The Kooks have always been an underdog band in some sense of the word. This isn’t to say they haven’t been wildly successful in the past, but the band has a certain relatability that will never go away, despite any praise or acclaim they might achieve. At the end of the day, their biggest appeal as a group is the grit and British swagger of the music they create, not glitz and glamour. On their new album, Let’s Go Sunshine, The Kooks have strayed slightly from their indie rock roots, but still manage to maintain a kernel of the accessible charisma that put them on the map in the first place.

Formed in 2004 in Brighton, England, The Kooks have largely stuck to a mix of Britpop, indie rock and Rolling Stones-esque blues. Their first album, Inside In/Inside Out, went quadruple platinum in the UK, thanks in part to critical acclaim but also a strong street fanbase among lovers of the early-2000s post-punk revival. Inside and their subsequent albums Konk and Junk of the Heart continued this tradition of bouncy rock pop, a mix of British Invasion stylings and a modern edge with digital production. With 2014’s Listen, the group moved into a decidedly bigger sound, transitioning from tight indie rock to full-on blues pop. A strength for the band has always been how hard it is to place them in time, and the resilience that can bring. Listening to everything before this latest release, it could be from 1960 or yesterday and you would never know.

With Let’s Go Sunshine, this timelessness is a bit different. The record is a new frontier for the band, in a way, their attempt to create a new voice with stronger pop influences and more integrated production. Longtime listeners of The Kooks could take this one of two ways — the band’s shift towards a larger pop sound in this year’s album could either warrant frustration from fans or admiration of their willingness to change with time. Listen, the group’s last album, was the beginning of this change, and balanced their classic rock styling with a less stripped-down production very well. On Let’s Go Sunshine, the pop style The Kooks seem to be trying to accomplish kills their down-to-earth power on some songs, while still maintaining it on others.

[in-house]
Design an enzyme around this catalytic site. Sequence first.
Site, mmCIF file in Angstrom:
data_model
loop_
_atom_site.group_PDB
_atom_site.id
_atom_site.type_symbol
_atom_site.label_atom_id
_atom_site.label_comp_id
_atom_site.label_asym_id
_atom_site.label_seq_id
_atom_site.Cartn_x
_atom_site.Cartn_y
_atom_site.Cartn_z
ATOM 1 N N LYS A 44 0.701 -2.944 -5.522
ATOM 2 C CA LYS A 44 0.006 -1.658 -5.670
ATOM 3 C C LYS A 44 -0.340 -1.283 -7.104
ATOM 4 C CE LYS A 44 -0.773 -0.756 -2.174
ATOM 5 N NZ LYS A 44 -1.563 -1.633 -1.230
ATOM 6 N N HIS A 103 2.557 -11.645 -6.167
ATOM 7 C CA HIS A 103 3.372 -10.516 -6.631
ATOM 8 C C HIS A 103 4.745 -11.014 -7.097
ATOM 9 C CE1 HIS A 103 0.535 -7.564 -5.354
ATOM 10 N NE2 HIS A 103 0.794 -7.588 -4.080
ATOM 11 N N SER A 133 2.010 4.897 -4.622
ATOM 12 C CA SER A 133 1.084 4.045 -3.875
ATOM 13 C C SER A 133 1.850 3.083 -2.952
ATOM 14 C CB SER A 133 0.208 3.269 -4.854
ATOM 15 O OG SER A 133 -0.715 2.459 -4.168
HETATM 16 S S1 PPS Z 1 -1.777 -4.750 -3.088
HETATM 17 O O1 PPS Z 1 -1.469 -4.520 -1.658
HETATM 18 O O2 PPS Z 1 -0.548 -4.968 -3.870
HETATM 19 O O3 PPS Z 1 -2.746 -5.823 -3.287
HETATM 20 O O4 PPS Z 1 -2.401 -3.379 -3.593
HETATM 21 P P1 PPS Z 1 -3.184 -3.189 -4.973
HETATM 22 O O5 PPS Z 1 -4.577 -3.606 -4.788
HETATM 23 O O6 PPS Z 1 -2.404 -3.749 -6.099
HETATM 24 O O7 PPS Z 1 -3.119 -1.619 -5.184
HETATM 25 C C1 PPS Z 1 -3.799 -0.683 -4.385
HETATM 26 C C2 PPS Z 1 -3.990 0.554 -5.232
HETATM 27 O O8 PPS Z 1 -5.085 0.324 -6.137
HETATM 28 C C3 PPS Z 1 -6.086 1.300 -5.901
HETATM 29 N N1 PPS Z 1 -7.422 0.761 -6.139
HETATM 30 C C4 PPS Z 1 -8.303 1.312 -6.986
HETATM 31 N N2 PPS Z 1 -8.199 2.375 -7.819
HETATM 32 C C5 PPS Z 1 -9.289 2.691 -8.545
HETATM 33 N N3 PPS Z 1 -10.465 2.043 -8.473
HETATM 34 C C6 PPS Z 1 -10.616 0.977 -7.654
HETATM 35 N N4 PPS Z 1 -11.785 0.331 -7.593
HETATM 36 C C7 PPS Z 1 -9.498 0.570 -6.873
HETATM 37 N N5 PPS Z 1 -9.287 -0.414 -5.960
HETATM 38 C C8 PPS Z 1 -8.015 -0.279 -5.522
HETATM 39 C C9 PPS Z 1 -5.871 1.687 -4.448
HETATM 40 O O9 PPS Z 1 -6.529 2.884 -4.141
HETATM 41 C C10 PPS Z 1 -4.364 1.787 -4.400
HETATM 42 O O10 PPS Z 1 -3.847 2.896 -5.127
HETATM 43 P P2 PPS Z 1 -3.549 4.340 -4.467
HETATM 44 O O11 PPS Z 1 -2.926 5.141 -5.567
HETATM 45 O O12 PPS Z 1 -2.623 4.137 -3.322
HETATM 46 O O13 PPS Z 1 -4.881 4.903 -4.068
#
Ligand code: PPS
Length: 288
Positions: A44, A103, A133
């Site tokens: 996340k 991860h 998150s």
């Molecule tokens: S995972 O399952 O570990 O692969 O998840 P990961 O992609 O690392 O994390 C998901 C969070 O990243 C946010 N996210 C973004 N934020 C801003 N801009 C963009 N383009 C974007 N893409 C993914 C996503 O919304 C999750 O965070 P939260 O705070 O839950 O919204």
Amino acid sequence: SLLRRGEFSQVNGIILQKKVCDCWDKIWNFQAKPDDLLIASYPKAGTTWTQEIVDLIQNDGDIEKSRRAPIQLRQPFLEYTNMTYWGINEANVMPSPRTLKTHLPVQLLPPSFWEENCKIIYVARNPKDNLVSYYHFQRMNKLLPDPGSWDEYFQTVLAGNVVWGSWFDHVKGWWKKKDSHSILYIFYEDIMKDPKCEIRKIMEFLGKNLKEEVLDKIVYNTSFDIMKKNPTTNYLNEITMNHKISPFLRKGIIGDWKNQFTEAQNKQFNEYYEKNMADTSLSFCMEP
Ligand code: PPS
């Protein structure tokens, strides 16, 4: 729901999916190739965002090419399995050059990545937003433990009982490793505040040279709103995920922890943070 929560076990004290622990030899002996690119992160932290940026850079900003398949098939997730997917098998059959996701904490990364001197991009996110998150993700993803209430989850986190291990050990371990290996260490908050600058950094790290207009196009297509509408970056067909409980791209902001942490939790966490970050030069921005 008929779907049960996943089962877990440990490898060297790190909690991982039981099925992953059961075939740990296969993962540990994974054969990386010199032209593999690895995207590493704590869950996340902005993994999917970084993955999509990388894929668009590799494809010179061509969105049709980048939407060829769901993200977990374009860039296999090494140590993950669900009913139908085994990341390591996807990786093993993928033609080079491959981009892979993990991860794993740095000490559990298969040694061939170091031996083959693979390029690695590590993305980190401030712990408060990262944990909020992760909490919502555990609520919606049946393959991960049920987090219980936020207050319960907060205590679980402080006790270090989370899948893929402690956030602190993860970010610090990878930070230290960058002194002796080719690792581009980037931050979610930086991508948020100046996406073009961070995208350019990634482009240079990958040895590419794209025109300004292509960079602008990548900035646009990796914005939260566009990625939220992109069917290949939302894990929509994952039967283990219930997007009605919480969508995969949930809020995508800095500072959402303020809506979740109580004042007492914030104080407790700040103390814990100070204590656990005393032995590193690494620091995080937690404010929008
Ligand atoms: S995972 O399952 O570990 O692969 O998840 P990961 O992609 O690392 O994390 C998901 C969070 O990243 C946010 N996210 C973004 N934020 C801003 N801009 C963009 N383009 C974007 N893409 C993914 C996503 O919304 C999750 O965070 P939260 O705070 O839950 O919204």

For one, the album is a large body of work, boasting 14 songs and an intro track to boot. Due to this, not every song has the indie hit potential of their earlier work, and lends itself to a slightly disorganized feel if you listen to the record all the way through. However, the variety throughout Let’s Go Sunshine is a breath of fresh air for the group, and it is interesting for old fans to see how The Kooks sound in a different light. For those who still seek the band’s original British Invasion sound, “Kids,” a defiant youth anthem, “Weight of the World,” a mellow guitar-based reflection and “No Pressure,” a shouty hook-laden banger, are the way to go. Though they are definitely different from the band’s previous work, “Four Leaf Clover” and “Tesco Disco” are also highlights off the record, both atmospheric and joyfully catchy hits.

“Honey Bee” has its own space on Let’s Go Sunshine, due in part to the song’s old-school appeal but also the story behind it. According to lead singer Luke Pritchard, the song was written by his late father, a musician who died when Pritchard was very young. Through digital magic, the band was able to include his father’s voice on the track from an original tape recording to create a very special collaboration between the two. This is a great explanation of what the album’s true core is: a connection of The Kooks’ old sound with a move towards the future. From 20-something rockers to fathers and husbands, the years since their debut have affected The Kooks’s members, so why wouldn’t they affect their sound, too? The verdict may be out on whether these changes work for their benefit or not, but when it comes down to it, their underdog soul is still there. 

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